But back when I was upgrading my grade 12 math mark, I had found out shortly after my 18th birthday about a new job opportunity I liked the sounds of much better, and quit my big intimidating $7 an hour job. My parents told me that if I’m going to treat home like a drop-in centre, I’m going to have to pay them $115 a week to live there. I went to social services, explaining how abusive and exploitative my home was, and got the fuck out of there. My parents didn’t let me take anything but my clothes and things I had acquired with my own money (or my first credit cards), and laid guilt trip on top of guilt trip on me about our blood ties to each other. I avoided them as much as I could, for the greater part of two years. In all the forced contact I endured with them, they never once offered me any help, but instead kept shoving their material wealth in my face while trying to keep quiet about going hungry as their credit card bills piled up on the kitchen table.

I first became homeless when I was 18 because my landlord (the very first) evicted me on the principle that I owed him $250 towards my damage deposit, and that this was more important than my security or safety as a vulnerable young adult with no savings, no familial support, and living on a fixed income with no prior experience renting from anyone. My promise to pay the damage deposit in instalments wasn’t good enough, and I didn’t know that I probably could have borrowed it from social services (at least you can now, ten years later — who knows if that was true then). I had been his tenant for just 19 days, and when he evicted me, he kept everything I owned from me. The police took his side and wouldn’t let me enter the house to retrieve my things. All I had was a spare pair of pants, a few CDs, and a small messenger bag to carry it and my discman in. He told the police I owed him more than $1000: for the rent for the upcoming month (he alleged this was my fault, and thus, I should have to compensate him), the damage deposit, and damage to the carpet that preceded my presence (but which he alleged I was responsible for paying for before I can retrieve my things).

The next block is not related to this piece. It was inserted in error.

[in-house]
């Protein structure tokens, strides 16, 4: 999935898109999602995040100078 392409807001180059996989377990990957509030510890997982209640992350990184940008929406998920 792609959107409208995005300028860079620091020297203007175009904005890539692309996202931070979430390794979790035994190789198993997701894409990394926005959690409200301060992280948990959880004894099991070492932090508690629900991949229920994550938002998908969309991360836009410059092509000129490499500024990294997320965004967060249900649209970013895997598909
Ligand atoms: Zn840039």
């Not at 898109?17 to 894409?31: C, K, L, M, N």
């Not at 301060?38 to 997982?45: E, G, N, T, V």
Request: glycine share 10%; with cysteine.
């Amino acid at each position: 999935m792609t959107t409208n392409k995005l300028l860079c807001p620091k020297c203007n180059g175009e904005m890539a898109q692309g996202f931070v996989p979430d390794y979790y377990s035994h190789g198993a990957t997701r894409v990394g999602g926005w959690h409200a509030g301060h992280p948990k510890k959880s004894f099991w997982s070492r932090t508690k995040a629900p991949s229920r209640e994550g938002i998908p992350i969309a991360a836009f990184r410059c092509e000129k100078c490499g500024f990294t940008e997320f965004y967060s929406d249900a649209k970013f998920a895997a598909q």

After living in the homeless shelter for two months without sending him a dime back, he finally said I could come and take my things away on the condition that I give him $100. Well, seeing as how I had spent $350 of my $500 credit card limit on fancy underwear, I thought that was quite a deal. But all of that was mysteriously missing when I got my things back. Something tells me his girlfriend at the time, who was virtually the same size as I was, received a monumental pile of intimate apparel that Valentine’s Day (that was the day I phoned home and was told no one would be there to let me in by the time I got back). I have no proof of course, but I also had no recourse.